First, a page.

2 More Refugees Headed to Cambodia from Nauru
|Women ride a motorcycle past a house in Phnom Penh, Cambodia, that is used to temporarily house asylum seekers sent from a Nauru detention center, Aug. 31, 2015.|
By Neou Vannarin
October 8, 2015
PHNOM PENH, CAMBODIA — Two more refugees detained on the South Pacific island of Nauru are expected to arrive in Cambodia soon as part of a controversial resettlement deal with Australia.
The refugees, both ethnic Rohingya from Myanmar, will travel to Phnom Penh after meeting with Cambodian officials who traveled to Nauru.
Khieu Sopheak, spokesman for the Ministry of Interior, told VOA Khmer on Wednesday that the newest refugees were not the ones Phnom Penh had been expecting.
“Australia told us there are four volunteers — three Iranians, one Rohingya. When our officials got there, the four asylum seekers didn’t want to come, but two other Rohingyas volunteered to come instead," he said.
The date of their arrival was not given.
So far, only three Iranians are in staying Cambodia under the deal. One Rohingya man has asked to go back to Myanmar, and Cambodian officials say he is expected to leave within a week.
The first set of refugees has been living in a compound in Phnom Penh but will be released soon, Khieu Sopheak said.
“They can speak Khmer and understand our traditions and are ready to live outside the camp,” he said. “It’s just a pilot project, so we’ll see how they fit into Khmer society and living outside [the compound]. It’s going forward; it’s not that difficult.”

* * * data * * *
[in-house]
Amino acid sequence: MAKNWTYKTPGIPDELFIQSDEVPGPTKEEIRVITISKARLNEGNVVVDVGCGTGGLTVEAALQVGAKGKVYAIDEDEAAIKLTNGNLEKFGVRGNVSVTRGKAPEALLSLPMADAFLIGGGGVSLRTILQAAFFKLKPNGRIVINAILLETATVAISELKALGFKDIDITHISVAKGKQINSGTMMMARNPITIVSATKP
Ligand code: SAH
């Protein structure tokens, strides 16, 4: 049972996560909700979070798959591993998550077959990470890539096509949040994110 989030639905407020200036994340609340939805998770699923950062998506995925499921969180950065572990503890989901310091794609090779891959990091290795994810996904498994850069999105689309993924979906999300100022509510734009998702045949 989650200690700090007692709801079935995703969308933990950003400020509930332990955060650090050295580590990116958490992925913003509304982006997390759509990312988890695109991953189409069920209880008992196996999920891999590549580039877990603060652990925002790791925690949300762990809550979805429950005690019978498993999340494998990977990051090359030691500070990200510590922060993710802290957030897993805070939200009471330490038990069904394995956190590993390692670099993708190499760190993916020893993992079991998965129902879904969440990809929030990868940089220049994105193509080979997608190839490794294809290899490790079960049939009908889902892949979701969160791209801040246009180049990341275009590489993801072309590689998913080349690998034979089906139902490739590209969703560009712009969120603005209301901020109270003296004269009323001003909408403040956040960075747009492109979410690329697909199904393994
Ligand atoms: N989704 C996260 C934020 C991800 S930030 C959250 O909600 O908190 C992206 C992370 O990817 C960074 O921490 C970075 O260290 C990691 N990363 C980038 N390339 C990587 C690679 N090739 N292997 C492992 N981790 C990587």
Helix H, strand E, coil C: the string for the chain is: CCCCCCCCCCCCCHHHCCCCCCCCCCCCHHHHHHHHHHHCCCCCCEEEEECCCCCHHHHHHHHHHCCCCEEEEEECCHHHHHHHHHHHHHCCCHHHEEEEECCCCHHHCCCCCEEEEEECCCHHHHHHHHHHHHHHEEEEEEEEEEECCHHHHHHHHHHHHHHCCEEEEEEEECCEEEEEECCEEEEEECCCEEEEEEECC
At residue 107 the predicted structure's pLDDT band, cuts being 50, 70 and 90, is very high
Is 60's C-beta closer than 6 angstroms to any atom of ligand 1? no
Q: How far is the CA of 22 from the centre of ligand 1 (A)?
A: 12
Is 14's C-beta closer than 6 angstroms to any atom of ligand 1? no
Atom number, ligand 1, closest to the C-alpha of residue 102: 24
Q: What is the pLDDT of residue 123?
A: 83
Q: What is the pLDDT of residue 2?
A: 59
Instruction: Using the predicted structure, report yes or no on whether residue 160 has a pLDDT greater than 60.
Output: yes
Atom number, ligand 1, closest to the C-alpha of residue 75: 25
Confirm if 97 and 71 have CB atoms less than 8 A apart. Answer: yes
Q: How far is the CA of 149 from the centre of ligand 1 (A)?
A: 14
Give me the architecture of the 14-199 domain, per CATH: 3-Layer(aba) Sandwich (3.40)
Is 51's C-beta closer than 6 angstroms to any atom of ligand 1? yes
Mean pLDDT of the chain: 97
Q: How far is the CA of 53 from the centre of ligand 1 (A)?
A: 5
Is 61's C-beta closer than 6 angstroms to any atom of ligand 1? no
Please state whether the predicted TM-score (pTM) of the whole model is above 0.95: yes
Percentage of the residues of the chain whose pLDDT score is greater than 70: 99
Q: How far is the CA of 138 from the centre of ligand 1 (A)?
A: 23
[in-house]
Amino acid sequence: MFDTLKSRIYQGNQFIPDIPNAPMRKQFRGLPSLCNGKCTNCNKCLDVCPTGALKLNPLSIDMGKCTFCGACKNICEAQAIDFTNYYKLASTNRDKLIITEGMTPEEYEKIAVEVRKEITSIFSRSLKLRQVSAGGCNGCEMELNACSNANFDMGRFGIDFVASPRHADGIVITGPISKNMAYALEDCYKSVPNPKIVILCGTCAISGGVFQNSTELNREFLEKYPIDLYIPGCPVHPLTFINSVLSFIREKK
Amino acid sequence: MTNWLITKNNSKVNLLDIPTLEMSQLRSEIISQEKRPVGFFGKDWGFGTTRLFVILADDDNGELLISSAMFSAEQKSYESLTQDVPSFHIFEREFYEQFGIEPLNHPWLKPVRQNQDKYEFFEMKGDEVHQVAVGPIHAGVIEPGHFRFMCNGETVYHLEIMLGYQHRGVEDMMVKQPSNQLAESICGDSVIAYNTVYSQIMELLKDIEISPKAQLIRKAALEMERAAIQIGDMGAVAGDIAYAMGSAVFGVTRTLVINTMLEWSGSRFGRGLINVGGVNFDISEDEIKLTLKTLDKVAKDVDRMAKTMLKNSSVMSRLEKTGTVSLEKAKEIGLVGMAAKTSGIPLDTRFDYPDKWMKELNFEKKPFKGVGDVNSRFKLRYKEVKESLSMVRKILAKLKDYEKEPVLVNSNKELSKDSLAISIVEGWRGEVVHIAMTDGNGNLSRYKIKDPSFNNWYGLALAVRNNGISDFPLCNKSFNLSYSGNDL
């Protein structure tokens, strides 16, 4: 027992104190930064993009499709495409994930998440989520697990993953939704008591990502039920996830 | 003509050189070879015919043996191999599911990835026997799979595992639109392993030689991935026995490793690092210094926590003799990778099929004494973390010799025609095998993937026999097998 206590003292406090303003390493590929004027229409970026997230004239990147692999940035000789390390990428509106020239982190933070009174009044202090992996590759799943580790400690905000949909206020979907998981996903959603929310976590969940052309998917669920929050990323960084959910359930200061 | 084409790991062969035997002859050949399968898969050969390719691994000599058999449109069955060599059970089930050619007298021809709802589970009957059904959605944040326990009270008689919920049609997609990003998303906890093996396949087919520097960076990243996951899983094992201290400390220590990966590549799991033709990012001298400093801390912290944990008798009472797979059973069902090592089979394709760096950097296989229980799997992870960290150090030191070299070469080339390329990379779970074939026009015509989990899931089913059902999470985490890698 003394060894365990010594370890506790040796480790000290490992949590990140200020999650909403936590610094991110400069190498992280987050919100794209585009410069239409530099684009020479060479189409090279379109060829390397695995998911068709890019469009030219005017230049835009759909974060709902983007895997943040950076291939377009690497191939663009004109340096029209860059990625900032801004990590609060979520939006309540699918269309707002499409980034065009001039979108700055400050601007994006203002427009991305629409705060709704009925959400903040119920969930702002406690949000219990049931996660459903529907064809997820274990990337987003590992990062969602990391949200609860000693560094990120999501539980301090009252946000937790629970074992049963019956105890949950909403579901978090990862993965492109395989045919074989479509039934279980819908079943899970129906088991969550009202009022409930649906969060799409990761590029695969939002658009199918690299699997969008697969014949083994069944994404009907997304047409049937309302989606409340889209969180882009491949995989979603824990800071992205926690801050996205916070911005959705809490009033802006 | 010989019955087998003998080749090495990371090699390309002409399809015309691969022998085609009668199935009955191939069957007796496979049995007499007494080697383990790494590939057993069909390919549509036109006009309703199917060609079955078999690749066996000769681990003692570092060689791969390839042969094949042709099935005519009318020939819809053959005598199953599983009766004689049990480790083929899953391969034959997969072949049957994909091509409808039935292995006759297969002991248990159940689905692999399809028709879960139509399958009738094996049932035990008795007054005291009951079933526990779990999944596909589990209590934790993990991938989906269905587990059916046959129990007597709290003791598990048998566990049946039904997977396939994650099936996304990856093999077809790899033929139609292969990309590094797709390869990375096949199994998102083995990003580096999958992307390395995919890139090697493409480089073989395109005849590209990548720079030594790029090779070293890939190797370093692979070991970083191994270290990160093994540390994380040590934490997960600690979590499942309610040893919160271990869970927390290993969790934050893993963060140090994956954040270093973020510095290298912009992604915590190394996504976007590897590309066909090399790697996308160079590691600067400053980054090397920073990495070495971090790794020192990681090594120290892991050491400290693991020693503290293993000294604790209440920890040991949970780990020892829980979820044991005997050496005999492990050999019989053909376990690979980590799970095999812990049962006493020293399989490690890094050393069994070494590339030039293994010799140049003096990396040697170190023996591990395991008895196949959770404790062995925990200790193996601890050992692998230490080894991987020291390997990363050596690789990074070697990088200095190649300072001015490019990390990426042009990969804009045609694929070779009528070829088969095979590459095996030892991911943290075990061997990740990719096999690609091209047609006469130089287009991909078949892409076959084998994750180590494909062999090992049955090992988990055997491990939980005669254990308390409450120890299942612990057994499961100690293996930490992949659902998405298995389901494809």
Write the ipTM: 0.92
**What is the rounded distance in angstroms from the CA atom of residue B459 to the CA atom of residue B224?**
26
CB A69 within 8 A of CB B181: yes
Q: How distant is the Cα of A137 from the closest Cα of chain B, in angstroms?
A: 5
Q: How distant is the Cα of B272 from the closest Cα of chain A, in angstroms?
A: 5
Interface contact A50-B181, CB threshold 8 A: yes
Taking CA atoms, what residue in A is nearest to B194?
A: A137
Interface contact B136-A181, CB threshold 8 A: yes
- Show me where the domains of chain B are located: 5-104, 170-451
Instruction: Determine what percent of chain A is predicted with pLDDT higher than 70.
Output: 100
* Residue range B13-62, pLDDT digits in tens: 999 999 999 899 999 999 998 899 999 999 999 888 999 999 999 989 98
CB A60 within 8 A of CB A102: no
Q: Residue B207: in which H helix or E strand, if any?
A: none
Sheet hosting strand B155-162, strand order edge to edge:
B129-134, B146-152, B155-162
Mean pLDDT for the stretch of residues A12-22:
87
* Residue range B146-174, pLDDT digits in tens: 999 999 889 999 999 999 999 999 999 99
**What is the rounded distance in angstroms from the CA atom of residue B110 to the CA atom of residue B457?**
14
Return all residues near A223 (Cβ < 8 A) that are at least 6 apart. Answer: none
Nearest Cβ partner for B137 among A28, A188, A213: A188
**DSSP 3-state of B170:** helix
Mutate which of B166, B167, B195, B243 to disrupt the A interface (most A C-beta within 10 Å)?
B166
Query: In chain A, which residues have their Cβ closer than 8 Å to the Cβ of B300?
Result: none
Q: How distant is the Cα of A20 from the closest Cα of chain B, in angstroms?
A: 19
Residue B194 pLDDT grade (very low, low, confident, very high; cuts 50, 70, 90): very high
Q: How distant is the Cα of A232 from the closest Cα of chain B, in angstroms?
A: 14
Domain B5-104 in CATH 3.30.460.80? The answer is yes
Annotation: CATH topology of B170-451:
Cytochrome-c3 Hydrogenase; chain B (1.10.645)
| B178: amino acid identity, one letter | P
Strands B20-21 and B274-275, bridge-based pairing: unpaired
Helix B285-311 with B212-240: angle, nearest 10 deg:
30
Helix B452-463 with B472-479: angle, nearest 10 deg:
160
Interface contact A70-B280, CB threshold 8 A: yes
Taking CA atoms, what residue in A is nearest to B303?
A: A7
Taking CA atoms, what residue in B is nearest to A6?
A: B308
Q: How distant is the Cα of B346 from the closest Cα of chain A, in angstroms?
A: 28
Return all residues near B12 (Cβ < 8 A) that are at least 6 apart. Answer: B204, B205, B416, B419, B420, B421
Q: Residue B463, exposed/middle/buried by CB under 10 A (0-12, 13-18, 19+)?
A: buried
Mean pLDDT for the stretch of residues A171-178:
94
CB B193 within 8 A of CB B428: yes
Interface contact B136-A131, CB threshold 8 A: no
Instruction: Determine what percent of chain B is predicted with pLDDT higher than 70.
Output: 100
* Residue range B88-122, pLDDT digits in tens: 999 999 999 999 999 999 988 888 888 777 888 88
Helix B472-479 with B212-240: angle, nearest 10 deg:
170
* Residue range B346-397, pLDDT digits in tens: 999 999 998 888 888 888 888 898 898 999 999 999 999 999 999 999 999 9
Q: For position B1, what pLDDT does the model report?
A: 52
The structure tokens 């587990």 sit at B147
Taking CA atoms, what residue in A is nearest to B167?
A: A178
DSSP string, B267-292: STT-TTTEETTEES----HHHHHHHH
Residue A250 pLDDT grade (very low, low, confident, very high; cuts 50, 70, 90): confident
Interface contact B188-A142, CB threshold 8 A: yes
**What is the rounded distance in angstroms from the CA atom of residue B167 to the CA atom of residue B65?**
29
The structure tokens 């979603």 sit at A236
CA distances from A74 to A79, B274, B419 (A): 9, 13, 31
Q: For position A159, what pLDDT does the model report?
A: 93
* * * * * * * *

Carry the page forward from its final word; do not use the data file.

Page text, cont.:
In September, Cambodia and Australia agreed to take the second group of asylum seekers from Nauru, following a visit to Cambodia by Australian Immigration Minister Scott Morrison. The deal was announced the same day Australia said it would accept 12,000 refugees from Syria and Iraq.
Cambodia is reportedly receiving as much as $40 million in aid from Australia in exchange for accepting the asylum seekers, a deal heavily criticized by refugee rights groups.
More than 600 refugees and asylum seekers are thought to be on Nauru. Hundreds more are in detention on Papua New Guinea’s Manus Island under an arrangement with Australia. Most are believed to be from countries in South Asia and the Middle East.
The proposed resettlement deal was the subject of months of secret negotiations and has drawn criticism from rights organizations, church groups and opposition politicians in both countries. The U.N. refugee agency said it undermines the principles of the refugee convention to which both nations are signatories.